At the Root

Published in the Spring 2007 issue of SSA Magazine

"Root-cause analysis" can help family-services programs work better

Adapted from a November-December 2006 University of Chicago Magazine article

By Lydialyle Gibson

Tina Rzepnicki first encountered root-cause analysis in an article on failed military operations missions doomed by bad decisions, bad communication, unforeseen or unforeseeable obstacles, errors of action and inaction. "Things started looking familiar," says Rzepnicki, who is the principal investigator for the Program Practices Investigation Project, which examines and develops better child-welfare practice for the inspector general's office of the Illinois Department of Children and Family Services (DCFS).

Root-cause analysis traces an outcome to its most basic triggers: an unmade phone call, an unheeded order, a missing part, a miscalculated step. It's typically used to assess disasters like airplane crashes, industrial accidents, and hospital mistakes, but Rzepnicki saw the possibility to use the technique to help prevent smaller but no less terrible events.

"There are a lot of parallels," she says. "Any human-service agency that occasionally experiences tragic client outcomes needs a systematic way to take incremental steps back and analyze what went wrong. While it is easy to blame individual caseworkers for poor decision making, it is increasingly recognized that errors are as likely to result from problems at multiple levels of the organizational process. Remedies should be directed at improving defenses and removing error traps."

Rzepnicki, SSA's inaugural David and Mary Winton Green Professor and director of the University's Center for Social Work Practice, decided to test the method in the inspector general's office. Headed by Denise Kane, A.M. '78, Ph.D. '01, the office examines child deaths in families that have warranted recent DCFS attention. Three years ago Rzepnicki established a root-cause analysis pilot program there, adapting the approach to increase its applicability to the specific needs and large number of cases investigated by Kane's office.

The computer-assisted approach incorporates systematic questions about why and how specific events occurred. Getting the answers is a labor-intensive process that yields six- or eight footlong, color-coded diagrams. "You look at each discrete point, rather than lumping it all together. At each point in the chain of events, questions are asked, like, 'What led to this event?' 'What contextual factors were evident?' and 'What things should have happened but didn't?' Pretty quickly you end up with a lot of these red squares, which highlight what didn't happen that should have at a particular point in time," Rzepnicki says.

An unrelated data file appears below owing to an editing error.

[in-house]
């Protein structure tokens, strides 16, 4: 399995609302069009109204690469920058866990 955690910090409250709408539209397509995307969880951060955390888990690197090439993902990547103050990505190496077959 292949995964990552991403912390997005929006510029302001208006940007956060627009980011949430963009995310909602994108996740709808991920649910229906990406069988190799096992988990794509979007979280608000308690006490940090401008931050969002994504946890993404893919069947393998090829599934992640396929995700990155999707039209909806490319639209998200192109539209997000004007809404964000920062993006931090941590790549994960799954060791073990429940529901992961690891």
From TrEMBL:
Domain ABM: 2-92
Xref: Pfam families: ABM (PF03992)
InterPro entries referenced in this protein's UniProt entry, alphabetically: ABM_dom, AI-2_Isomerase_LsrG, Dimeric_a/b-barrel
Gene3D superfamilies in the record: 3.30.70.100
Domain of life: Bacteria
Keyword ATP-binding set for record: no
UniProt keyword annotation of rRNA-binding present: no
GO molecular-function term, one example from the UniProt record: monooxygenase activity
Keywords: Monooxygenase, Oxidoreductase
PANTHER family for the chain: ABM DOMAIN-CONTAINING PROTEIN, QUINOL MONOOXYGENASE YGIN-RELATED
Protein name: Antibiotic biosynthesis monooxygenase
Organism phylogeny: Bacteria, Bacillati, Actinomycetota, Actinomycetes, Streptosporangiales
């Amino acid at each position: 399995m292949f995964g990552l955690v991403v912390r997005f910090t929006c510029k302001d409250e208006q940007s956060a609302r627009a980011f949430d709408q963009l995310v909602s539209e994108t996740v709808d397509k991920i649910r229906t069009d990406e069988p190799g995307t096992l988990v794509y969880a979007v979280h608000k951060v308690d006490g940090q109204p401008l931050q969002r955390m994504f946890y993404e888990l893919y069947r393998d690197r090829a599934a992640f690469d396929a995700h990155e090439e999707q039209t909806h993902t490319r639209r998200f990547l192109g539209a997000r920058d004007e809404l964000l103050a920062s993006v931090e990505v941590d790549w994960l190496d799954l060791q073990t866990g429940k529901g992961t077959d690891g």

To see how it all works, take the case of an eight-month-old baby—let's call her Sarah—who died four years ago in Chicago from abuse by her father. Sarah had already been the subject of a DCFS investigation when her grandmother brought her to the hospital with bruises. At that time, the baby's mother first said her husband had hit Sarah, but later she claimed responsibility. Investigators took her at her word.

The analysis by Rzepnicki uncovered several opportunities for DCFS to have altered events. For example, the caseworker, who had provided therapy to Sarah's mother in the past and argued the infant should be kept with her parents, felt torn between being Sarah's advocate and her mother's former therapist. The supervisor, dealing with too many cases, failed to request reports on the mother's mental history and the father's prior violence. Deferring to the therapist-caseworker's judgment, others didn't verify the mother's claims with neighbors or family members.

"Hindsight bias" presents a constant temptation, and sometimes the conclusions are for changes in workplace culture, not policy. "We find that with a lot of these cases, the mid-level is where a lot of shortcuts are being taken, or where there are disincentives for good practice," Rzepnicki says.

Rzepnicki, with SSA's Dean of Students Penny Johnson, published a study of root-cause analysis in the January 2005 Children and Youth Services Review. Based in part on their work at DCFS, state legislation was recently proposed that establishes error reduction teams. These teams will work with agencies serving child welfare clients to plan, apply, and monitor corrective actions when patterns of serious error are detected. Rzepnicki is currently working with Kane's office to develop implementation details. In the future, she'd like to look at successful cases as well—children returned happily to reformed parents or rescued from deteriorating situations. "What actions, conditions, decisions led to a good outcome?" she asks.